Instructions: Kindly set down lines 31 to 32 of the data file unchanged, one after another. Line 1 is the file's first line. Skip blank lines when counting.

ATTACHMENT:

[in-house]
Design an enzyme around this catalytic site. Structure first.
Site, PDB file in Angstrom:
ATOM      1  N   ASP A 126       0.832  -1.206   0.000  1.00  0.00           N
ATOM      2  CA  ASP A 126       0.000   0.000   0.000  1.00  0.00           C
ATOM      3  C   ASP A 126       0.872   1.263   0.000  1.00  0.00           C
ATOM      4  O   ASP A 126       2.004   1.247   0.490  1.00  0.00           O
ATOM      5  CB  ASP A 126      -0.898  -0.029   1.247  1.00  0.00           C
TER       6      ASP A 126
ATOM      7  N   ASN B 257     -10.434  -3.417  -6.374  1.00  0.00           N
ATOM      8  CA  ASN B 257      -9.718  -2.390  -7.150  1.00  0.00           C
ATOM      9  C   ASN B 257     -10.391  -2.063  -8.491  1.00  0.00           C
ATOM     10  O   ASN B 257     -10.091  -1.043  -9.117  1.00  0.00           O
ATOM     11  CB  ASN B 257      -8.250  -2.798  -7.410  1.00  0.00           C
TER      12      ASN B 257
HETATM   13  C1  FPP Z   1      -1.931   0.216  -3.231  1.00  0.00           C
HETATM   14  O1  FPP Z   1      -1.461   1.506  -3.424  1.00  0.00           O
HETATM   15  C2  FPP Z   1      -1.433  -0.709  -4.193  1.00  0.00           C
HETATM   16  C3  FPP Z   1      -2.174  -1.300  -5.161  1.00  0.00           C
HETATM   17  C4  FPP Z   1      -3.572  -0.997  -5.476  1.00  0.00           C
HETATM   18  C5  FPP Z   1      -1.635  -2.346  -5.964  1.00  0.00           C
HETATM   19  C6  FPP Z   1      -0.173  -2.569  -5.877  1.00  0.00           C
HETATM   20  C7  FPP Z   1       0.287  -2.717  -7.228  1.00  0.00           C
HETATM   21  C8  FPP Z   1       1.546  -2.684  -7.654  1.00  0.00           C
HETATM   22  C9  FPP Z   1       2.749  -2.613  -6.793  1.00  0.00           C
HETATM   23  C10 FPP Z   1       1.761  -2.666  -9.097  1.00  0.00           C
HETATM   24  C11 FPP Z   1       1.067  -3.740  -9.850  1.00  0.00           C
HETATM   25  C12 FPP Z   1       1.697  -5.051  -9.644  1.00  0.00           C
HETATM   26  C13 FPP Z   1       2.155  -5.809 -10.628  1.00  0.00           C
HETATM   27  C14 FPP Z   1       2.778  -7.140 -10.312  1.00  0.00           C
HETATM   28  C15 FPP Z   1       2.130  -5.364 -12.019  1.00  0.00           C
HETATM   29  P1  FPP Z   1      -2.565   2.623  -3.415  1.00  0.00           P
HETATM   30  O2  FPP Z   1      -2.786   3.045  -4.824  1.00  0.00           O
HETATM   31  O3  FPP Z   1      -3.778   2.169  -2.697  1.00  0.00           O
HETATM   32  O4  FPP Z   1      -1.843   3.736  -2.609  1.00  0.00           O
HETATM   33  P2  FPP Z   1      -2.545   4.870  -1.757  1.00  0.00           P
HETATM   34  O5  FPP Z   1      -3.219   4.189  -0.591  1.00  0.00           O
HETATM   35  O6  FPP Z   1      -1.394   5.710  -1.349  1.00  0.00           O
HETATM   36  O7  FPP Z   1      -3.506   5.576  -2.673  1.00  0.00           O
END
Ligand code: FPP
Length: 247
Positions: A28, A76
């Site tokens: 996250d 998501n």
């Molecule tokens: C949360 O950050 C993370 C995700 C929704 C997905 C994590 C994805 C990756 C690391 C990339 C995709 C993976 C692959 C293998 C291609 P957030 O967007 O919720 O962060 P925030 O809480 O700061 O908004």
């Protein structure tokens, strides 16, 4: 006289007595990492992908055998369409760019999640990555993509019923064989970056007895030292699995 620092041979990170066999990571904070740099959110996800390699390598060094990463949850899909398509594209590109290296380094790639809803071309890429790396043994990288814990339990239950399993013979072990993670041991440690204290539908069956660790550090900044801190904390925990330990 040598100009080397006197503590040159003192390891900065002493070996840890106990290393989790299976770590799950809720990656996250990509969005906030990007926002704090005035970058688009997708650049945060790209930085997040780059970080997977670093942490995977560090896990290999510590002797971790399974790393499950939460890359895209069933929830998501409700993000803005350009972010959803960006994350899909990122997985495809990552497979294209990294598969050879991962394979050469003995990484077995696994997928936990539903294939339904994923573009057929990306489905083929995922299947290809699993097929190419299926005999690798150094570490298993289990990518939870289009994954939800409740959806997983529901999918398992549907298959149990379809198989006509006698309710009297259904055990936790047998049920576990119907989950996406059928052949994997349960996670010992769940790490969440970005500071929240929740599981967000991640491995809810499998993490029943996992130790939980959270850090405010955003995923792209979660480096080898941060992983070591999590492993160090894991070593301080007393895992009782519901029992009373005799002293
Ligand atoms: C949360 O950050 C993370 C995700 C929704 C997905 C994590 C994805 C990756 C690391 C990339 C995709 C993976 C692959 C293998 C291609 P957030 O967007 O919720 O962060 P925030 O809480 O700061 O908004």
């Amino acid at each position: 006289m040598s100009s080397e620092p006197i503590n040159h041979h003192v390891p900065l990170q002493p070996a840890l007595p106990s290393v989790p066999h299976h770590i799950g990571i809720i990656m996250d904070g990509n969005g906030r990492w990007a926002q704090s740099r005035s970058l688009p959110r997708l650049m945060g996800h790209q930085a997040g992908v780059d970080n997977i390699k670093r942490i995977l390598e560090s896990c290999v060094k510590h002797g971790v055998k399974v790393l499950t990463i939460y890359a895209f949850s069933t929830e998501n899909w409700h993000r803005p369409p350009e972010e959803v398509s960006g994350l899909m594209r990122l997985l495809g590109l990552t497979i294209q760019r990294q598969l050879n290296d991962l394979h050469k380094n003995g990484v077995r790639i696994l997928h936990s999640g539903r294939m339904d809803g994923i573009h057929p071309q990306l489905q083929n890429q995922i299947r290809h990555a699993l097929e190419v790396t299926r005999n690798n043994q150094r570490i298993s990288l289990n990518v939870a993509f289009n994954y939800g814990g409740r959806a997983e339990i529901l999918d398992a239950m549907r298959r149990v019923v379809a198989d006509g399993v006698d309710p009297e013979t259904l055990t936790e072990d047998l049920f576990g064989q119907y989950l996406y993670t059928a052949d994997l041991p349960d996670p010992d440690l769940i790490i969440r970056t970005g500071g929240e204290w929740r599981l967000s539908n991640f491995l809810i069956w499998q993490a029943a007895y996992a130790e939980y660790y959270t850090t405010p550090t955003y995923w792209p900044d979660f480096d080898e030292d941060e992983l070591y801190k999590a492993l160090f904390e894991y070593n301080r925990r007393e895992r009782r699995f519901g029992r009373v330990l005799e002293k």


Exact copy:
HETATM   28  C15 FPP Z   1       2.130  -5.364 -12.019  1.00  0.00           C
HETATM   29  P1  FPP Z   1      -2.565   2.623  -3.415  1.00  0.00           P